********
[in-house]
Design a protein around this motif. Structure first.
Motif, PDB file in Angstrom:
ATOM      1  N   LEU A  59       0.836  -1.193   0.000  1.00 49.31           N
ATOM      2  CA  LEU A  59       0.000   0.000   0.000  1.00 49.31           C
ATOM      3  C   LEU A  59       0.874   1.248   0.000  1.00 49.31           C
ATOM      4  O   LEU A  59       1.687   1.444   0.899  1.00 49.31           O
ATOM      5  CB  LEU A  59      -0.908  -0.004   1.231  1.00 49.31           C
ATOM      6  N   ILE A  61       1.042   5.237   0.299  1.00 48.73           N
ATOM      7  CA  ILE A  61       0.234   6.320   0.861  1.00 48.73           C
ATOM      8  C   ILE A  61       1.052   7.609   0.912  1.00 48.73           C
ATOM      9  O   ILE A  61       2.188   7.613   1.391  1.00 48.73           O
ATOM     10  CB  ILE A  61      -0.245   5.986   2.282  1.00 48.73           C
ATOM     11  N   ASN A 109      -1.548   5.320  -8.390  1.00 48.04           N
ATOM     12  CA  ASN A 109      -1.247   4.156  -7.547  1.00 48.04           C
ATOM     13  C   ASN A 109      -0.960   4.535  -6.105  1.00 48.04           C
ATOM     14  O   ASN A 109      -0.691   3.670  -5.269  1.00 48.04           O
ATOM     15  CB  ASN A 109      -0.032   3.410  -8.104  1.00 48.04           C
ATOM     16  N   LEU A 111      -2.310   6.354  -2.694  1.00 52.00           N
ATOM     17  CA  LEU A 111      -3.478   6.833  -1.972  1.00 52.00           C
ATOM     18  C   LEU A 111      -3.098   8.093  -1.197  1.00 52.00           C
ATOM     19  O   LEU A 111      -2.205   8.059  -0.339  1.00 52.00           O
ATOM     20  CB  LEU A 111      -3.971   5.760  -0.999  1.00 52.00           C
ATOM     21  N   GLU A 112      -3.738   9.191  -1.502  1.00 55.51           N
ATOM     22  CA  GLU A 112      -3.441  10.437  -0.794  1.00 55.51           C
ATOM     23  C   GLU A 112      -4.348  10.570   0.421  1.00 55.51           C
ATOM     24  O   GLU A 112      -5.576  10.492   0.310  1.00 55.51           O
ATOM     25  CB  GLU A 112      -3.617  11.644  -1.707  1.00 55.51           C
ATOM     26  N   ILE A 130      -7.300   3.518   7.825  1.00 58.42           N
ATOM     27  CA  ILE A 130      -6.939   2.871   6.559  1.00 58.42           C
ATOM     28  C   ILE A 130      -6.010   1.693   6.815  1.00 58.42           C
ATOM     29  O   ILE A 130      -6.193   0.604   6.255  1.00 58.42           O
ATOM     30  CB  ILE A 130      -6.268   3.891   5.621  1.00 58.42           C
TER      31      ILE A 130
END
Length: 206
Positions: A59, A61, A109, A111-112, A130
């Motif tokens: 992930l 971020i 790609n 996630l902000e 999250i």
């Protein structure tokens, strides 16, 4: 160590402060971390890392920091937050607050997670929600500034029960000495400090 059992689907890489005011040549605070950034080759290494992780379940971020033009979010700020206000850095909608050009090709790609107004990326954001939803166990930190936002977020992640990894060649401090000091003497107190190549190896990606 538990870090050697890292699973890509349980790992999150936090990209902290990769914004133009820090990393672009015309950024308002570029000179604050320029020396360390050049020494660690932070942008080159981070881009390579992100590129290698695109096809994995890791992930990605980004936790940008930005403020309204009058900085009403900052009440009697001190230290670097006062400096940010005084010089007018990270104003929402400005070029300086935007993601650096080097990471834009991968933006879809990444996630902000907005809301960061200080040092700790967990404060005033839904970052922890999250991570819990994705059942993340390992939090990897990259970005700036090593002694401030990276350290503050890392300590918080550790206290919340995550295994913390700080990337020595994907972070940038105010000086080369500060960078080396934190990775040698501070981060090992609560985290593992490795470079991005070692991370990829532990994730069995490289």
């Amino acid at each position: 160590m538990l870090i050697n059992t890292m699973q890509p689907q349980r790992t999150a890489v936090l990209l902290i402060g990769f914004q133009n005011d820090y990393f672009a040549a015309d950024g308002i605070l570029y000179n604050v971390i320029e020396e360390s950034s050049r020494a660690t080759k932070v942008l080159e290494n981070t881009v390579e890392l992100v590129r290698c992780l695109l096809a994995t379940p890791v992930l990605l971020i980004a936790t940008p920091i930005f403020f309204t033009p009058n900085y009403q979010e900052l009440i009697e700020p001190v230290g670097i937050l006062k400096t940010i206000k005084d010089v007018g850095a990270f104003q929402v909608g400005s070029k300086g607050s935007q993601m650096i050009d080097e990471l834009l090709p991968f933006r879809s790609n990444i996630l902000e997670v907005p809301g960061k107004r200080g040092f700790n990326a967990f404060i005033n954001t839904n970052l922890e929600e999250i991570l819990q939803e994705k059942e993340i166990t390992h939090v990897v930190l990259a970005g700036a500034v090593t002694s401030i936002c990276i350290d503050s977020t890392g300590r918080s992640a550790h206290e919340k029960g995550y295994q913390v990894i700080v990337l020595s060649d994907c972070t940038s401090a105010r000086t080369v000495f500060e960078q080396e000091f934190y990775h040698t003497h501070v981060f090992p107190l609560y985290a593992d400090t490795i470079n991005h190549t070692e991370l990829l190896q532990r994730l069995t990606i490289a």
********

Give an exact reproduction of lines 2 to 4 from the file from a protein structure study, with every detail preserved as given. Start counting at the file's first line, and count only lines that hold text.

Design a protein around this motif. Structure first.
Motif, PDB file in Angstrom:
ATOM      1  N   LEU A  59       0.836  -1.193   0.000  1.00 49.31           N